Lesson One: Think Quick!
A.E.G.I.S and You
Blood and Cake
Magic is Real
In the Woods
Following its successful reboot several years ago, The Tick returns to Amazon Prime with 10 more episodes of comedic superhero action. Armed with the same charming wit and colourful superhero personas that made the first season so engaging, The Tick continues its reign as one of the more unusual and refreshing superhero shows on TV.
Hot off the heels of the first season, the story this year sees Arthur pursuing the superhero life full-time after quitting his mundane office job. As he and The Tick join A.E.G.I.S. and begin hunting a deadly foe known as Lobstercules, they soon come to realize things may not be as simple as they first appear. With Dot discovering she has powers of her own and Joan donning a superhero costume and infiltrating A.E.G.I.S., this season sees several character-driven stories unfolding before everything converges together for a climactic finale as the real evil is revealed and the family fight together to save the world.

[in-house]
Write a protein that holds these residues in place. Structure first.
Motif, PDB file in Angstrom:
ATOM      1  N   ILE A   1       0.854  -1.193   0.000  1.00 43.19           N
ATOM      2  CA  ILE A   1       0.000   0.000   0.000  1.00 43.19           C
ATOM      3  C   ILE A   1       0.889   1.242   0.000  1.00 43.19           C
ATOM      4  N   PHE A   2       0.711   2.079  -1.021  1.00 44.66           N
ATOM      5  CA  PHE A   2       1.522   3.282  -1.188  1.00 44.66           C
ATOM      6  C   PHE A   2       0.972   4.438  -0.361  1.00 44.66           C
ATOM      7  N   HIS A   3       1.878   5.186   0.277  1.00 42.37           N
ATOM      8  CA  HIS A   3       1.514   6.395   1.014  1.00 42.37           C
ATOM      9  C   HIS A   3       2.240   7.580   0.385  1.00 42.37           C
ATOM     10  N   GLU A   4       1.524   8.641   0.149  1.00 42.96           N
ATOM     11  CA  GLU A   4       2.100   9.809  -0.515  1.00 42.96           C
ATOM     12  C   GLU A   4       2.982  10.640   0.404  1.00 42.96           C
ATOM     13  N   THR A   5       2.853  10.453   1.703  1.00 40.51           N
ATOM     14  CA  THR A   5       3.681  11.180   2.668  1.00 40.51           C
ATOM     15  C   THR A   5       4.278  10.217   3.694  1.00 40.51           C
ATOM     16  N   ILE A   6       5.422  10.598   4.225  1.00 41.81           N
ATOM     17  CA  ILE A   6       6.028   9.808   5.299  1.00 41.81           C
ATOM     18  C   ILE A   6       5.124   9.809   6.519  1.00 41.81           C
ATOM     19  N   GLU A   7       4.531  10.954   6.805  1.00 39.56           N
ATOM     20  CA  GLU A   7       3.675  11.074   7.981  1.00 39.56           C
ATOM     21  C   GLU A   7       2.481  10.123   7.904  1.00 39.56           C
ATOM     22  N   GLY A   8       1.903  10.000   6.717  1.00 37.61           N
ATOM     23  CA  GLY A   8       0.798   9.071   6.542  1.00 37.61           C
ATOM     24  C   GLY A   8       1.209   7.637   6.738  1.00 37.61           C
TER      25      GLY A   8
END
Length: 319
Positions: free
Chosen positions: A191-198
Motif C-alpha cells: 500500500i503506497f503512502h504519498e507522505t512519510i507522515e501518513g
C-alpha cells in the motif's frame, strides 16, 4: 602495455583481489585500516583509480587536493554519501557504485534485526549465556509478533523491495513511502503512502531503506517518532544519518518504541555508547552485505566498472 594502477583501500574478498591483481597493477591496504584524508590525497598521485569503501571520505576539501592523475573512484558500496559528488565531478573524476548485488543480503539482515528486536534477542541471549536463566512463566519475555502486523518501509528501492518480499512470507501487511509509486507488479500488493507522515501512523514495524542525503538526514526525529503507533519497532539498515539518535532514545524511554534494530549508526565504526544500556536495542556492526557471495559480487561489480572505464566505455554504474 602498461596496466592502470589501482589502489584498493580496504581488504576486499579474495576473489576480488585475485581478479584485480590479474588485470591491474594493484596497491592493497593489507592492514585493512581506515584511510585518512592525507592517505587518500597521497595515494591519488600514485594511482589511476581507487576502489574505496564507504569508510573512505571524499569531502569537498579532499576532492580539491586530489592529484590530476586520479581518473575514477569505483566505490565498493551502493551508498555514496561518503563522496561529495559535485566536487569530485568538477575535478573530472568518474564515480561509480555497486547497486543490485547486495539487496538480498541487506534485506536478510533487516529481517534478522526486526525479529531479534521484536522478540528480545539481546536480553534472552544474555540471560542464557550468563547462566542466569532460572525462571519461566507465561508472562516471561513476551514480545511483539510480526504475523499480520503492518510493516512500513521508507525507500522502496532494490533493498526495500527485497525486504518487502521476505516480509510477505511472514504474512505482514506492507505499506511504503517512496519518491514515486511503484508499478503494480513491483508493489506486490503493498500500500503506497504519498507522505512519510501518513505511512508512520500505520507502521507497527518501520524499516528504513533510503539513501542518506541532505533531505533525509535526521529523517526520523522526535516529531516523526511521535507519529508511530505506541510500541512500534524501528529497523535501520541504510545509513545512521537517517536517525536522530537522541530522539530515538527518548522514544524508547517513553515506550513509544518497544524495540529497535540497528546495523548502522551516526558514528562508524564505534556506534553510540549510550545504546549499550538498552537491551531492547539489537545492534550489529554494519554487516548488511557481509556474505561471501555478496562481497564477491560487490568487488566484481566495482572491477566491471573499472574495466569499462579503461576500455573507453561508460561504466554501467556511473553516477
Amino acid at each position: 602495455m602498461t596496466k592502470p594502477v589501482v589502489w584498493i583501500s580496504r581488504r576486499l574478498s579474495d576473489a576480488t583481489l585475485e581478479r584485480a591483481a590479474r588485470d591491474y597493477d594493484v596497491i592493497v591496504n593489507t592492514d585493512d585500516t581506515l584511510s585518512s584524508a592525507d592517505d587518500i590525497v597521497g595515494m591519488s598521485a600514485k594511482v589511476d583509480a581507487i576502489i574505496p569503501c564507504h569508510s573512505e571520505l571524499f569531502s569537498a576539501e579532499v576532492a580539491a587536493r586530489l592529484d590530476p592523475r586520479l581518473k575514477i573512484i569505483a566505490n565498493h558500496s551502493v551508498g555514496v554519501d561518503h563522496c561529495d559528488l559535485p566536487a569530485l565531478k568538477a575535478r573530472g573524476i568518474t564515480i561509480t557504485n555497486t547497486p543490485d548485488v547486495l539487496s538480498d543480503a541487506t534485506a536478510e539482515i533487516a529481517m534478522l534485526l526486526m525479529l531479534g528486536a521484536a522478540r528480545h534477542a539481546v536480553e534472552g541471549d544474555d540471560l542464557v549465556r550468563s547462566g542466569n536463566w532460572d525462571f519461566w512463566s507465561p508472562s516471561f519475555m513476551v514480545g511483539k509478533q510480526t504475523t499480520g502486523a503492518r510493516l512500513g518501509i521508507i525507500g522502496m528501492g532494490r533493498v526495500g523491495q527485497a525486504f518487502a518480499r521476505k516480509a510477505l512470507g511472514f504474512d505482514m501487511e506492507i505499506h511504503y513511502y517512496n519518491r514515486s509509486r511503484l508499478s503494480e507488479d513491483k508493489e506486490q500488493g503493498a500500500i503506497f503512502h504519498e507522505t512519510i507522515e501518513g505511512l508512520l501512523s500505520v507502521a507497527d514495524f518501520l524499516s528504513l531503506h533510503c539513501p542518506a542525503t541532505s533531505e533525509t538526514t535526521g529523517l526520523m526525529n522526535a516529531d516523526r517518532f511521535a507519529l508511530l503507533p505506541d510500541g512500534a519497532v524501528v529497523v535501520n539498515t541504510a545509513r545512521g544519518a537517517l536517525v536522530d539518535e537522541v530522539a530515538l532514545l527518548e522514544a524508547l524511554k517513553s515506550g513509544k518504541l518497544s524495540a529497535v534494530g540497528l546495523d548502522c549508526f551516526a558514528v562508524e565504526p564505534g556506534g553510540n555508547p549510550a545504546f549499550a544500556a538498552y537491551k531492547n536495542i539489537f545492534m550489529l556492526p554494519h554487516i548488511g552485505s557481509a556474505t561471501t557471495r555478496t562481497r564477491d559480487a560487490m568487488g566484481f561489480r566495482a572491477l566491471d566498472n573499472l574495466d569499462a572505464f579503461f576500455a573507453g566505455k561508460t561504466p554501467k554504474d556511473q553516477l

Much like the previous season, The Tick keeps the same comedic wit running throughout its 10 episodes. Early on there’s a recurring joke about croissants in A.E.G.I.S. headquarters while the constant jabs at superhero tropes throughout the show helps keep the tone consistent with what we’ve come to expect from The Tick. As always, The Tick himself is really the charismatic anchor for most of the season and he’s played to perfection once again by Peter Serafinowicz.
That’s not to take away anything from the supporting characters though who all really embrace their roles this year too. Dot’s newfound abilities add an extra dimension to her persona as does Joan’s dual role as a hero and villain.
What’s particularly interesting this year is the way The Tick tackles these ideas around what it really means to be a hero. From Dot and Overkill teaming up to Joan Of Arc’s unconventional way of dealing with foes, The Tick constantly throws this question at us in increasingly interesting and thought provoking ways. This is especially evident late on too when things are turned upside down and the facade around who’s really the villain and hero lifted.
With 10 episodes at a little under 30 minutes a piece, The Tick is a very easy show to binge through. The episodes flow nicely into one another, with a light array of cliffhangers and action set pieces to keep you coming back for more. This season in particular there’s a really consistent narrative throughout the episodes, reinforced by strong themes, all wrapped up with the same comedy and charm that made the first season so enjoyable. It may not be the best superhero show out right now, but its big heart and charm make this a worthy follow-up.